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Chapter 17

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Eileen Wood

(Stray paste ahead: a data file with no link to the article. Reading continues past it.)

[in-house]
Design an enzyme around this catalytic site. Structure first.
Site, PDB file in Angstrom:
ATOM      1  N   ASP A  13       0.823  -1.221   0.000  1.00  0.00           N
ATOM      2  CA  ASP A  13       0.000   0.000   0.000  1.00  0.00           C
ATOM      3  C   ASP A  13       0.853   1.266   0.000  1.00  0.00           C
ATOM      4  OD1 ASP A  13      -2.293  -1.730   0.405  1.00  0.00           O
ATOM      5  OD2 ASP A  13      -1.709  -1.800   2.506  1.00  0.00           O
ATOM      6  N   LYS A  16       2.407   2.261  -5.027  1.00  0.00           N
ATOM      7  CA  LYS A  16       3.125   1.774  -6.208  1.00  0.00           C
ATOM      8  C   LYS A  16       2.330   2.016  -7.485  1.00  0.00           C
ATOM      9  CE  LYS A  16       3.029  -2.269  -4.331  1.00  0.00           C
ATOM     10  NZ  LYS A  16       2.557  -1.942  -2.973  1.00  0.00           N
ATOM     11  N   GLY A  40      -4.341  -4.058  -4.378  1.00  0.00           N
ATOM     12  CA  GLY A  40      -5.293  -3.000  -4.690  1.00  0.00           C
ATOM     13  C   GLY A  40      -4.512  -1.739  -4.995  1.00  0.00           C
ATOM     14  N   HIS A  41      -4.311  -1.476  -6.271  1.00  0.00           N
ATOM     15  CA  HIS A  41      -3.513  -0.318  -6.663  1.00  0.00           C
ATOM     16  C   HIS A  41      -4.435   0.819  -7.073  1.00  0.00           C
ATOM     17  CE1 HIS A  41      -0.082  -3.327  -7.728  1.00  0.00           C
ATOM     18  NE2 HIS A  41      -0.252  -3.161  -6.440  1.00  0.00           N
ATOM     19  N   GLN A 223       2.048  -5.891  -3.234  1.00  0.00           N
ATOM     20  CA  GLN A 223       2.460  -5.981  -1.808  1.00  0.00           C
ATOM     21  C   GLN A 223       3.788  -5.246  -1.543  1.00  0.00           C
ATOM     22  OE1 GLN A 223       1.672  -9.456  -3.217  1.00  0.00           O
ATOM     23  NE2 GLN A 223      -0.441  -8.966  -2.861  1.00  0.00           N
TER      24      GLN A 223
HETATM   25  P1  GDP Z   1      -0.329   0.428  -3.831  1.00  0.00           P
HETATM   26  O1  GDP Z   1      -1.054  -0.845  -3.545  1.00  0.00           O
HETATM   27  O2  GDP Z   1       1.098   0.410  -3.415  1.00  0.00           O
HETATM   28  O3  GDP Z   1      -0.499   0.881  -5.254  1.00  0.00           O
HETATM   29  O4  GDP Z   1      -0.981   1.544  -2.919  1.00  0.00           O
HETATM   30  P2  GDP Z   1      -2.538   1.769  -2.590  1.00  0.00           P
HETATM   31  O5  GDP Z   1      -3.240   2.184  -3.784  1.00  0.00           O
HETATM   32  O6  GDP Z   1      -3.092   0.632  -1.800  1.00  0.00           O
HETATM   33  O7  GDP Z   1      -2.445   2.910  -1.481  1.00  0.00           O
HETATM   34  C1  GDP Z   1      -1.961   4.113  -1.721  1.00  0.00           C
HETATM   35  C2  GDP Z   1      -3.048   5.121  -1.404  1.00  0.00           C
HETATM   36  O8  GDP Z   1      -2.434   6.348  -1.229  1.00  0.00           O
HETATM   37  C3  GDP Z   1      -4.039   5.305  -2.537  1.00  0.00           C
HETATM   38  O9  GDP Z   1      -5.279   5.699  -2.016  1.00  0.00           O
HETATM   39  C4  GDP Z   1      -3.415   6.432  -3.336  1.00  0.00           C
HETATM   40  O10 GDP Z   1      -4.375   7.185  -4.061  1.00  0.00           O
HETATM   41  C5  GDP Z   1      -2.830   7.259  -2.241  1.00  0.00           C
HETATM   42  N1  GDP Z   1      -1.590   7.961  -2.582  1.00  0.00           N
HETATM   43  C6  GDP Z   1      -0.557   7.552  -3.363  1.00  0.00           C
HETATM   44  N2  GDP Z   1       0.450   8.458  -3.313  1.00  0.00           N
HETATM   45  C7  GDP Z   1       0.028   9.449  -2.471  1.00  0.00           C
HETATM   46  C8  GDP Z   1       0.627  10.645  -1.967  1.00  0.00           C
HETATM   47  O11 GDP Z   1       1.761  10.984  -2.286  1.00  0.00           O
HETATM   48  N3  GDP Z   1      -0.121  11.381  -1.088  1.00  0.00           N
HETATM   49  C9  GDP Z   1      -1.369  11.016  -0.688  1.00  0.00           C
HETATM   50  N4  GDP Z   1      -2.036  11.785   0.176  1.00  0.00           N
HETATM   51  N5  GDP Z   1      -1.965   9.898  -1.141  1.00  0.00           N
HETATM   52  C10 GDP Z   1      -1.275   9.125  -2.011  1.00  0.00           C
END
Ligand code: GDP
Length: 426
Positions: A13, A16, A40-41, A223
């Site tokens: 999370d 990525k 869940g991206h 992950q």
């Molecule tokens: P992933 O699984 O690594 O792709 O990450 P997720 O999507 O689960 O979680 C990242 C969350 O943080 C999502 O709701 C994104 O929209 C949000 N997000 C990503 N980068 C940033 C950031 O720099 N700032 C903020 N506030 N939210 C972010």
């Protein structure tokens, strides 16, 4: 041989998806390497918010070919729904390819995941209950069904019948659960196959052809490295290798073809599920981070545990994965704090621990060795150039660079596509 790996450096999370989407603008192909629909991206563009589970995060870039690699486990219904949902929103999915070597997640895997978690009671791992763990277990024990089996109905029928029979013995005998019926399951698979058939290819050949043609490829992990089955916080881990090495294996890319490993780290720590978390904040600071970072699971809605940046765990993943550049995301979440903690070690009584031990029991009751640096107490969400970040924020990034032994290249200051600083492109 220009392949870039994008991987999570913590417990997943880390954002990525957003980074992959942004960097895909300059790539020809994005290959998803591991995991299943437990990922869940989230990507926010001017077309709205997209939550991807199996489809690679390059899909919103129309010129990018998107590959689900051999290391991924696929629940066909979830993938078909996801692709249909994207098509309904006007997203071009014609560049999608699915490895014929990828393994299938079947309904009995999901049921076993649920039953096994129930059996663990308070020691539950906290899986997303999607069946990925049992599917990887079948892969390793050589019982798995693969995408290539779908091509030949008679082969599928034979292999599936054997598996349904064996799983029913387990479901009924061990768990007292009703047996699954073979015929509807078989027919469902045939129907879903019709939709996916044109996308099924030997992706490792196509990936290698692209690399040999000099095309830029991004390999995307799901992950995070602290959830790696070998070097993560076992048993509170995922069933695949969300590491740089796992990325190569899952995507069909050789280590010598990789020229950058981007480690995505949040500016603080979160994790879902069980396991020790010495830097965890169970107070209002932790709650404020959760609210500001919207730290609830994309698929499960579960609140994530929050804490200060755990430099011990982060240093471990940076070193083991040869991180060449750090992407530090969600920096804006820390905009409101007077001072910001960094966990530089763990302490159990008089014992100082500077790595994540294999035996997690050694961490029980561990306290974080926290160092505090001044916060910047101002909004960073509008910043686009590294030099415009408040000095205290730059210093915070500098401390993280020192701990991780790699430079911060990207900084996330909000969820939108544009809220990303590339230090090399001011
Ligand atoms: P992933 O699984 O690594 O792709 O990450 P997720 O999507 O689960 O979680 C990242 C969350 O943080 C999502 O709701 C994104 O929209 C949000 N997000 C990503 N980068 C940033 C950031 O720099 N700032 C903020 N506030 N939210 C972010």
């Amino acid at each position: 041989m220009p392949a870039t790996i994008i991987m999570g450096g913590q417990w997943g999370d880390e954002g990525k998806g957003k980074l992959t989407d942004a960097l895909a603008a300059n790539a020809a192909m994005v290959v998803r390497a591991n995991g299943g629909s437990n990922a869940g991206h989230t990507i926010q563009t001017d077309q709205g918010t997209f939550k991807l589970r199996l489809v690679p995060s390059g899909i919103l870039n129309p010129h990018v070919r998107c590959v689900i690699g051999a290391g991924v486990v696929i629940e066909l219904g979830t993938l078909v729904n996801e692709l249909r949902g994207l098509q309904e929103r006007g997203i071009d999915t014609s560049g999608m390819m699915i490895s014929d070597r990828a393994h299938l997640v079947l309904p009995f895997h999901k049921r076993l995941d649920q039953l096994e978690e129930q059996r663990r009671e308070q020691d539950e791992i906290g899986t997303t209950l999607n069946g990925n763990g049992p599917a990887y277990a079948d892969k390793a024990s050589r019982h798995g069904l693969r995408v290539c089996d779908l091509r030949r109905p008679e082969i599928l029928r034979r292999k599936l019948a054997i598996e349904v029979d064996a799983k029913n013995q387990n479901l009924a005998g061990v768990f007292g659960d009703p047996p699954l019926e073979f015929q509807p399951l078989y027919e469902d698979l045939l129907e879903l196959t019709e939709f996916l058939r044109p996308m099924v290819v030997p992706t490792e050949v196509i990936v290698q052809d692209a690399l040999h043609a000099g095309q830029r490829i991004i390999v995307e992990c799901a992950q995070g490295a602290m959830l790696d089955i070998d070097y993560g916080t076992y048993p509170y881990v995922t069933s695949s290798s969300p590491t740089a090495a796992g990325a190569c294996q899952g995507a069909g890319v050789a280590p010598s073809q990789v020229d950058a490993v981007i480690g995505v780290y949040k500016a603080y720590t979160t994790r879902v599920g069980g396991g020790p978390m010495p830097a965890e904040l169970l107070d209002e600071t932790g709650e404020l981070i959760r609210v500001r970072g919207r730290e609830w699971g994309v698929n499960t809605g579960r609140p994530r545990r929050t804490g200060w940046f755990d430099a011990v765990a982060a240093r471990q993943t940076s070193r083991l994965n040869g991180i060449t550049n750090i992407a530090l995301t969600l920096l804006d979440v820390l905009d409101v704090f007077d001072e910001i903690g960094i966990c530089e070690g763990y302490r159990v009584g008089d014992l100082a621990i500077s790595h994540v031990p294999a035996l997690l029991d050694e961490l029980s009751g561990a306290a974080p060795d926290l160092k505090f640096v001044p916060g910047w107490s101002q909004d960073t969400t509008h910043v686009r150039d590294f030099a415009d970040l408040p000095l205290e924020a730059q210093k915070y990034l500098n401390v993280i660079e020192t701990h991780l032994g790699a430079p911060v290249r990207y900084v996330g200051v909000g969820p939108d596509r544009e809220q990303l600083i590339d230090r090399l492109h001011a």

o Clinicians evaluate each client according to the five axes, or dimensions (primary clinical problem, ingrained aspects that affect the person’s ability to be treated, medical conditions or medication that could contribute, social and environmental stressors that make it worse, and a global assessment of the client’s overall functioning in work, etc…) o Number of disorders is increasing o Problems with the DSM  Danger of over diagnosis – could think that many people have a disorder (e.g ADHD)  Power of diagnostic labels – reassures people who are seeking an explanation for their symptoms but it may not actually be the case…label sticks on them.  Confusion of serious mental disorders with normal problems – implies that everyday problems are comparable to disorders and are equally likely to require treatment  Illusion of objectivity and universality – vain attempt to impose a veneer of science on an inherently subjective process  Sam Cartwright argued that slaves were suffering from drapetomania – urge to escape slavery –so doctors could assure slave owners that they had a mental illness that wanted them to escape  Critics feel that diagnoses depend on a cultural consensus, not on empirical evidence about what constitutes normal behaviour and a mental disorder o Advantages of the DSM  When the manual is used correctly and diagnoses are made with valid objective tests, DSM improves reliability of diagnosis o Culture bound syndromes: disorders that are specific to particular cultural contexts - Dilemmas of measurement o Projective tests: psychological tests used to infer a person’s motives, conflicts, and unconscious dynamics on the basis of the person’s interpretations of ambiguous stimuli – ambiguous pictures, sentences, or stories  Disorder revealed in person’s responses  Rorschach Inkblot Test: one of the most popular projective tests consisting of 10 cards with symmetrical and abstract patterns – taker reports what they see and it is interpreted by symbols emphasized by psychodynamic theories  Used with young children to reveal feelings that they can’t verbally o Objective tests (inventories): standardized objective questionnaires requiring written responses; typically include scales on which people are asked to rate themselves  Minnesota Multiphasic Personality Inventory (MMPI) – most widely used test for assessing personality and emotional disorders; organized into 10 categories or scales covering many problems and four additional validity scales indicate if the test taker is lying, defensive, or evasive while answering  More reliable and more valid than projective and subjective methods – fail to take into account different cultural groups Anxiety Disorders - Chronic anxiety (long-lasting feelings of apprehension and doom), panic attacks (short- lived but intense feelings of anxiety), phobias (excessive fears of specific things or situations), obsessive-compulsive disorder (OCD – repeated thoughts and rituals are used to ward off anxiety) - Anxiety and panic o Generalized anxiety disorder: continuous state of anxiety marked by feelings of worry and dread, apprehension, difficulties in concentration, and signs of motor tension – majority of days on a six month period o Posttraumatic stress disorder (PTSD): anxiety disorder in which a person who has experience a traumatic or life-threatening event has symptoms such as psychic numbing, reliving of the trauma, and increased psychological arousal  Symptoms include insomnia, agitation, jumpiness persisting for more than a month and impair a person from functioning  Difficult to study because symptoms can be intermittent rather than continuous  Hippocampus is apt to be smaller than average – autobiographical memory  Most people recover without developing PSTD from a traumatic experience  Can be heritable and people that develop long-lasting PSTD have a prior history of psychological problems o Panic disorder: anxiety disorder in which a person experiences recurring panic attacks, periods of intense fear, and feelings of impending doom or death, accompanied by physiological symptoms such as rapid heart rate and dizziness  Can last a few minutes to several hours  Symptoms include trembling and shaking, dizziness, chest pain or discomfort, rapid heart rate, feelings of unreality, hot and cold flashes, sweating, and as a result fear of dying, going crazy, or losing control – heart attack feelings  Occur in aftermath of stress, prolonged emotion, specific worries, or frightening experiences  Difference between people who develop panic disorder and don’t lies in how they interpret their bodily reactions - Fear and Phobias o Phobia: exaggerated, unrealistic fear of a specific situation, activity, or object o People with a social phobia become anxious in situations in which they will be observed by others…worry that they will do or say something that will embarrass them. They can be o Feel like they have no control over the compulsions o Prefrontal cortex is depleted of serotonin, which creates a kind of cognitive rigidity o Several parts of the brain are hyperactive – one area of the frontal lobes sends messages of danger to other areas to prep the body to feel fear and danger o Hoarders have less activity in parts of the brain involved in decision making, problem solving, and memory - Depression o Major depression: mood disorder involving disturbances in em
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